Anyone for tennis?
7 April 2010
The road to work has little trace of how Southampton used to live before the War. The German air force flattened half the street; estate agents and pubcos accounted for the rest. One solid brick building still held out for the days when advertisements just told not sold, with a ground floor like all the rest but an original twenties or thirties sign in its blocked-up corner window on the first floor: Tooley’s for Tennis!
They must have listed it, I thought when I moved here: no other way it could have stayed there for so long, with its crumbling lettering painted in green and cream.
Mr Tooley was proud of the shop he kept, you could tell. The doorbell rang all summer while he re-strung racquets. For three years in the 1930s, he moved the household radio downstairs by the counter, not to miss a second of Fred Perry’s games. Young Jimmy or Bobby or Arthur Tooley, eldest son, made someone else’s father glad the day he nervously approached him for his daughter’s hand in marriage. They went through the same sadnesses as all our English families: strikes, sickness, war. When Tooley had to close the shop, the new owners kept the sign, of course.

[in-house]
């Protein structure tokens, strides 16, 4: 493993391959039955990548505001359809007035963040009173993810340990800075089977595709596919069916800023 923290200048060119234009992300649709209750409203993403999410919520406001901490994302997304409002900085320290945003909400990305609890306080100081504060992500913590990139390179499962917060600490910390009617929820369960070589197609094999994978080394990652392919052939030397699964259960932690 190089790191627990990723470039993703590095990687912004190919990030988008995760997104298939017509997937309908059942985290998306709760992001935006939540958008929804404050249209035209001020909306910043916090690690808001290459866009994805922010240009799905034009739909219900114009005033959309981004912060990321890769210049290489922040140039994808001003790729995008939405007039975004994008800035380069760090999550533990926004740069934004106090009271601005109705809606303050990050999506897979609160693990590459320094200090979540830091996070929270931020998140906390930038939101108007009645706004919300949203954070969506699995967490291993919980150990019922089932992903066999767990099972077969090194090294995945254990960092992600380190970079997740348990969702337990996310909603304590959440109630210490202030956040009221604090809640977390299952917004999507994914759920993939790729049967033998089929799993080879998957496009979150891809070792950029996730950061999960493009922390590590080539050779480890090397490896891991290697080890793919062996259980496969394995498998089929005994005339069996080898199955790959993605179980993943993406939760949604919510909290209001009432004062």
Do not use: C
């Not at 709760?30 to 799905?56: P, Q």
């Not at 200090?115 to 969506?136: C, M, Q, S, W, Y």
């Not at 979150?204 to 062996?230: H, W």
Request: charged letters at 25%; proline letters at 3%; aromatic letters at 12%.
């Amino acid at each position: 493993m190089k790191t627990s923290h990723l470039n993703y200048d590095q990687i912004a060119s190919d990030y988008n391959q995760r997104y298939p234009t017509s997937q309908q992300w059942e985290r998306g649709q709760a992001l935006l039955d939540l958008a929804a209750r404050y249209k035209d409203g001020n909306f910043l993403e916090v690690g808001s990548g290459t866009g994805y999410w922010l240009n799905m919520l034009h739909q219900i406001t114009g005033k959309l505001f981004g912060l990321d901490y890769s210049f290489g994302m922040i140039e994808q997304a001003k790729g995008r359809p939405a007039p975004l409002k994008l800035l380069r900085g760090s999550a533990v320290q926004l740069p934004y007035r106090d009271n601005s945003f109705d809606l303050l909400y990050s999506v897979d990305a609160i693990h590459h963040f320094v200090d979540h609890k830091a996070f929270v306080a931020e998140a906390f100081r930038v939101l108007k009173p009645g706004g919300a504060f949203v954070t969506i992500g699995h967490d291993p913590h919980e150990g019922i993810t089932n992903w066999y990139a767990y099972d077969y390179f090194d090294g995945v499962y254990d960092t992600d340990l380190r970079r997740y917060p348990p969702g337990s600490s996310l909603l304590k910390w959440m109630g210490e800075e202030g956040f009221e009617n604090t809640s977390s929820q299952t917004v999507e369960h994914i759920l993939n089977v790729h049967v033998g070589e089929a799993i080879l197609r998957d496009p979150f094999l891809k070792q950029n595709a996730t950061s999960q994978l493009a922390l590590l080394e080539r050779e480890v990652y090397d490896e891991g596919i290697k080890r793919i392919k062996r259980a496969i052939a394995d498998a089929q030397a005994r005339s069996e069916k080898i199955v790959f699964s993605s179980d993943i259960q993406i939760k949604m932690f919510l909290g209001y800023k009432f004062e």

I know nothing about the Tooleys. But, if that isn’t the story, then there’s something like it.
Today, I saw that Tooley’s for Tennis! has gone. An IT company has its logo there instead, in shiny black and lime. The sign calls it ‘a full service digital agency, driven by a furious love of all things digital.’ And, obviously, of absolutely nothing bloody else.
So now nobody is for tennis any more.